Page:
"There is certainly a need for more research, both in mapping the distribution and monitoring the activity level of subglacial volcanic activity beneath ice sheets, as well as studying the impact of subglacial volcanic activity on the hydrological system of glaciers and ice sheets," Vogel said in an email interview.
It would take a super-eruption in the style of Yellowstone's ancient blowouts to completely melt the ice above the active volcano, Lough and her co-authors calculated. And if the volcano under the ice is similar to ones close by, such as Mount Sidley, there's no risk of a super-eruption. [Big Blasts: History's 10 Most Destructive Volcanoes]
Instead, the millions of gallons of meltwater might simply hasten the flow of the nearby MacAyeal Ice Stream toward the sea.
"People hear the word 'volcano' and get caught up in the idea that it will change the way the ice sheet works, but this stuff has been going on underneath the ice [for millions of years], and the ice sheet is in balance with it," Lough said. "Everyday magmatism isn't enough to cause major problems."
Hugh Corr, a glaciologist at the British Antarctic Survey who also discovered a buried Antarctic volcano, said an eruption could have a big effect, but it's difficult to quantify.
"The biggest effect on the West Antarctic Ice Sheet is still climate change warming the ocean, melting the ice shelves. That's the most immediate risk, compared to if a volcano might go off," said Corr, who was not involved in the study.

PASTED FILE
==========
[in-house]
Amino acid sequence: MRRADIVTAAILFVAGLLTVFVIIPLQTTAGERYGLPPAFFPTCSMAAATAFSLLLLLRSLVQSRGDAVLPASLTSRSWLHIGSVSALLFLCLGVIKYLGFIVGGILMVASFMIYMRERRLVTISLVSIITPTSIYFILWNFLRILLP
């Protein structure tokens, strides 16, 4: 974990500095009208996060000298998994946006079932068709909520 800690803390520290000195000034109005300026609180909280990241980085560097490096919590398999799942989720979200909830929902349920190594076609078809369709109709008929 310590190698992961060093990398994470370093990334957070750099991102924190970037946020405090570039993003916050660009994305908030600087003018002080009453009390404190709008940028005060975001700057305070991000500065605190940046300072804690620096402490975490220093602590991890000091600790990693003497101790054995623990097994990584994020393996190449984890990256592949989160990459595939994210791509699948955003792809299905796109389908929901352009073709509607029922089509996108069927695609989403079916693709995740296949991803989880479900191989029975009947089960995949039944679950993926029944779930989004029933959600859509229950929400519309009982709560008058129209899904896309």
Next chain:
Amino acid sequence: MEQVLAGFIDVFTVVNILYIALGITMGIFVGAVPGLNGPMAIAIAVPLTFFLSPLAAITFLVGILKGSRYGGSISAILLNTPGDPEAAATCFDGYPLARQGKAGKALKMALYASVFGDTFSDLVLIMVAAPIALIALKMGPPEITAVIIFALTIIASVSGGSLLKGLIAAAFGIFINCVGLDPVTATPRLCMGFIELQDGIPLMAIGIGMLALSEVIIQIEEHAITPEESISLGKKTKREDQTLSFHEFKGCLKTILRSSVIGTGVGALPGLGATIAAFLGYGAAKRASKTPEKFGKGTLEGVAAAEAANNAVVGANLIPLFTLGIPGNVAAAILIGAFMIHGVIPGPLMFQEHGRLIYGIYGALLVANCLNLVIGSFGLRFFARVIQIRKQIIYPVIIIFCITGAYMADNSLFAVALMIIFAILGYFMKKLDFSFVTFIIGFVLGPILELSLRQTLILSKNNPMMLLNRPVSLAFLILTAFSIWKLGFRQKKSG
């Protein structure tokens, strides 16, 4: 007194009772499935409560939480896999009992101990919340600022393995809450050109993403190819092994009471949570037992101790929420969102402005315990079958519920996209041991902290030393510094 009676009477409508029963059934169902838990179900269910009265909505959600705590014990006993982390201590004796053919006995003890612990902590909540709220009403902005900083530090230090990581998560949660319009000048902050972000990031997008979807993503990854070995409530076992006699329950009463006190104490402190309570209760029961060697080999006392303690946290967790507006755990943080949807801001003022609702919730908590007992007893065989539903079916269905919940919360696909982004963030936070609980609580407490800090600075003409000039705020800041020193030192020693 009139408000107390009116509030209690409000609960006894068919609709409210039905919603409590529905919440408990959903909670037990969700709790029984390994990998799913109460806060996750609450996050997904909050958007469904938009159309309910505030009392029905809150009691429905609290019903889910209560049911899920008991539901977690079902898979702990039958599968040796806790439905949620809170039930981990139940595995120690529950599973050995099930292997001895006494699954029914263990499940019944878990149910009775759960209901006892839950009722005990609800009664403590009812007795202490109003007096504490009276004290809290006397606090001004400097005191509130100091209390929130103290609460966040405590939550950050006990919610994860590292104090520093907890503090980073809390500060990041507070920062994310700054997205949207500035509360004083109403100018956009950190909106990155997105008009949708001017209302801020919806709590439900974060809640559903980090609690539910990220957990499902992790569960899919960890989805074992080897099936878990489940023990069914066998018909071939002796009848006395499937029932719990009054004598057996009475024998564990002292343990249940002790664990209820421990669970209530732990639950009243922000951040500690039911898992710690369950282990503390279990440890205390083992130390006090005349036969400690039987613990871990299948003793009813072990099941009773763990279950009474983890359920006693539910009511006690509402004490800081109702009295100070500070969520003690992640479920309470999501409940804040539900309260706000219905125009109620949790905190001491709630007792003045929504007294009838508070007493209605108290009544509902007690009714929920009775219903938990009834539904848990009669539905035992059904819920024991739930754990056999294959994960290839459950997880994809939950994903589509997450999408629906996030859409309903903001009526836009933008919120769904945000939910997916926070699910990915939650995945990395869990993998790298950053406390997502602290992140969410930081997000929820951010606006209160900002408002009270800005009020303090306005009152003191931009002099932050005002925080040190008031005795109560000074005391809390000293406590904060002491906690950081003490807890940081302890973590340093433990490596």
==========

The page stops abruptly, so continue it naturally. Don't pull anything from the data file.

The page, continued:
A geologic puzzle
Signs of active and extinct volcanoes pop up all over Antarctica. Ash layers and lava indicate volcanoes spouted while the continent froze during the past 20 million years or more. (An 8,000-year-old ash layer sits above the newly found volcano, but it comes from Mount Waesche, a nearby peak.)
"The [West] coast of Antarctica is like a ring of fire," Corr said.
The earthquake swarms line up with older volcanoes in the Executive Committee Range, suggesting the volcanic activity there is slowly migrating south by 6 miles (9.6 km) every million years. This migration is perpendicular to the motion of Antarctica's tectonic plate, so a hotspot or mantle plume is not feeding the volcanoes, Lough said. (A mantle plume should make volcanoes that line up parallel to plate motion, like those of the Hawaiian Islands.)
The big mystery is figuring out why the volcano and its forerunners even exist. "Antarctica is certainly one of the most fascinating and enigmatic of all of Earth's continents," Aster said. [Video - Antarctica: Solving Geologic Mysteries]
Let's set the scene. Antarctica is split by an incredible mountain range. Imagine if Utah's spectacularly steep Wasatch Mountains cleaved North America from Texas all the way to Canada. That's what the Transantarctic Mountains are like. In the West, the land dives off into a deep rift valley, where the crust has been tearing apart for about 100 million years. The newly found volcano sits on the other side of this rift, in a higher-elevation region called Marie Byrd Land.
While the torn crust may seem like the best explanation for Antarctica's many volcanoes, many of the peaks fit no obvious pattern. Rifting and volcanism in Antarctica could be like nowhere else on Earth. "What is going on with the crust in Antarctica is still puzzling," Lough said.